The students and I had fun this week trying a new game called Word Bop and a link to it can be found in the TPRS/TCI activities link in the header of this blog.
I did play it slightly differently and in hindsight this variation was a good way to familiarise them with the game before we play the version as is found on Keith’s blog. I picked about 20 words from our upcoming story (Troy talks too much/ Troy bercakap-cakap terus) and put them into a wordle. We began by playing Martina Bex’s word race stories – a favourite with my students.
I next asked them to choose one word from the wordle and write it on a folded A5 piece of paper. This probably isn’t that important a step yet it did give the students a visual prompt during the game when their minds went blank! As there were only 20 words and in most classes there are 30 students, there was naturally some doubles but as this was purely a task to get as many reps, it didn’t matter. When the students were ready to start, they had to put everything away except for their piece of paper and then arrange themselves into a circle. I then asked them to practise saying their word very quickly, then asked them to say it quickly followed by the English translation. I next asked them to say both words faster followed by the name of a student sitting on the opposite side of the circle. By this time they were ready to start the game. Here is where the fun began. I asked one student to put their paper on their chair/pillowpet, take hold of the large stuffed gajah (elephant) and stand in the centre of the circle. I began the game by saying a students name. The student named had to say their 3 words very fast before the middle student holding gajah located them & threw gajah at them. If they achieved the task of saying their 3 words before being bopped by gajah, the student whose name had been said had to say their 3 words too before the gajah landed on them. So it went something like this:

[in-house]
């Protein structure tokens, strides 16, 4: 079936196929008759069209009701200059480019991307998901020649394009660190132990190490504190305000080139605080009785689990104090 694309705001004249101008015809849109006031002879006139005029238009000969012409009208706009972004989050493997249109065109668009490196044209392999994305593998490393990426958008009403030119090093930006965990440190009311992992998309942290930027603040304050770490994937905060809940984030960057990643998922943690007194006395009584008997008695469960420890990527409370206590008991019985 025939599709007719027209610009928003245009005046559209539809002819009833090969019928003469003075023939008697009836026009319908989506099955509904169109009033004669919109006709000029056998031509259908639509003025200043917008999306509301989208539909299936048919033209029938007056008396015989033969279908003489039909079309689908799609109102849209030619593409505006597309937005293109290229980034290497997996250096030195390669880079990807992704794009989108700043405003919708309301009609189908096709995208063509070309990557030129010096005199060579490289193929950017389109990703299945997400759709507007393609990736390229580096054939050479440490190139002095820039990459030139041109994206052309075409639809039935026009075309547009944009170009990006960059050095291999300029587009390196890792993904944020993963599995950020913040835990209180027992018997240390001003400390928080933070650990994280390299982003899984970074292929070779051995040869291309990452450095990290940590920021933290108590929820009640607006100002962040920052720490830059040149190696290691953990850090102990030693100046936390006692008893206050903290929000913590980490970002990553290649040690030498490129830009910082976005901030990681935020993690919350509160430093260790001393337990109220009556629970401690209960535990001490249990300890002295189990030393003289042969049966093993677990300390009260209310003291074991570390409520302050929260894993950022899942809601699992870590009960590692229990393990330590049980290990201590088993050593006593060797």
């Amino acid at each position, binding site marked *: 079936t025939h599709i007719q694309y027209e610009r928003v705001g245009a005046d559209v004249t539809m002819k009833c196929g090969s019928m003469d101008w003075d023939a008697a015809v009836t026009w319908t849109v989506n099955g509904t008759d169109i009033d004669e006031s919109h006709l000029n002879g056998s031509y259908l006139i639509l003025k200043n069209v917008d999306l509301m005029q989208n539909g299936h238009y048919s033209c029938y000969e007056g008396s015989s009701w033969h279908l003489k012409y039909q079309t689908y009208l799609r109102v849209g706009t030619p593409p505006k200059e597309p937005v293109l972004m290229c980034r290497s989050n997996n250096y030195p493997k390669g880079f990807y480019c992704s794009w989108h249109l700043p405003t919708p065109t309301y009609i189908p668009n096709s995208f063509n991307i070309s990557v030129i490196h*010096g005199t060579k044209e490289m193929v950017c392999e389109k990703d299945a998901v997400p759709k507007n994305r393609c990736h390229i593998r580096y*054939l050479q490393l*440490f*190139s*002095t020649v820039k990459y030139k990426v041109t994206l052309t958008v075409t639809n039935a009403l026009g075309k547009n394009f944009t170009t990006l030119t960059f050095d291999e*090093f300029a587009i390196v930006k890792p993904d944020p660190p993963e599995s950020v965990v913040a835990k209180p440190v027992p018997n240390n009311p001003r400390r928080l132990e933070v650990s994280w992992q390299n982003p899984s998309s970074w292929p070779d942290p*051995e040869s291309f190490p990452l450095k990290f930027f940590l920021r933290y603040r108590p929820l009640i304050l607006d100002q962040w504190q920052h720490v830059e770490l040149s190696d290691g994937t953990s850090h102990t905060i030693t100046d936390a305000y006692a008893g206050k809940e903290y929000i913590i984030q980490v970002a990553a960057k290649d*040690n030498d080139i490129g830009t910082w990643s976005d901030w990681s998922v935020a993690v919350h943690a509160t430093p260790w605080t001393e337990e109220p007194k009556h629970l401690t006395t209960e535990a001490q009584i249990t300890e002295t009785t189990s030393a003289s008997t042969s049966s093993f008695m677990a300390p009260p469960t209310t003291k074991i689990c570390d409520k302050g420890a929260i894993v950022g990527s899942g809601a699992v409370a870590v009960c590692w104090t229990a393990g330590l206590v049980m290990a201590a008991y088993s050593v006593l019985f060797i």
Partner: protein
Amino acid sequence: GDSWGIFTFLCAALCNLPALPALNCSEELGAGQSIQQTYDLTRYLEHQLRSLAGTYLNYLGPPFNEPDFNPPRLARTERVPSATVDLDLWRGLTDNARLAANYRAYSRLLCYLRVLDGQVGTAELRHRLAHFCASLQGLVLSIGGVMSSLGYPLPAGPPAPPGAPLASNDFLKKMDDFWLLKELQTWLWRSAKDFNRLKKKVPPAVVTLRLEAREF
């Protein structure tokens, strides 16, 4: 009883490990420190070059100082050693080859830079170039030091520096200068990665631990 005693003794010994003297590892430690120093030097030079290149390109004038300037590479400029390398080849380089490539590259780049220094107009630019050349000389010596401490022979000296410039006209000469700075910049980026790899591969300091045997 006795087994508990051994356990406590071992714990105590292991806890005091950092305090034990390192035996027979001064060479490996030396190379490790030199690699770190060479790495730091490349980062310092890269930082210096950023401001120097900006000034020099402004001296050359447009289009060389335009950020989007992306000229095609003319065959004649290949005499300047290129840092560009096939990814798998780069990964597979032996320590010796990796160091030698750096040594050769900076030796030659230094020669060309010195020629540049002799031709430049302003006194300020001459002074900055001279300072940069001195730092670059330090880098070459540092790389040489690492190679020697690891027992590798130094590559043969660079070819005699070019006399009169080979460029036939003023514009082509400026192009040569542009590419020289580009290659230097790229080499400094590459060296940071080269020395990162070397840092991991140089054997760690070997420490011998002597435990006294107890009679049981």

Sam: berkata, said, Tom
Tom: astaga,OMG, Lilly
Lilly: pergi, went, Bobby
Meanwhile the gajah is flying around the room trying to catch up with the speakers. When it eventually does, the thrower sits back in their chair/pillowpet and the person to their immediate right (or left!) stands and takes their place. This last idea came from one of my students who noticed that the fast speakers didn’t get a go throwing the gajah otherwise! No one is allowed to touch the gajah except the thrower, which added a nice twist when it was accidently thrown outside the circle giving the next participant welcome thinking time. A few students (years 6/7) asked about being allowed to dodge the gajah which allowed a new level of hilarity as they toyed with the thrower only to move out of the way at the last moment!
Week one back at school was uncharacteristically exhausting with unusually restless and chatty students. This game required them to listen closely as well as the opportunity for lively and entertaining movement. It saved my sanity! Who knows what next week has in store for us all with both swimming for years R – 4 and NAPLAN! Yikes!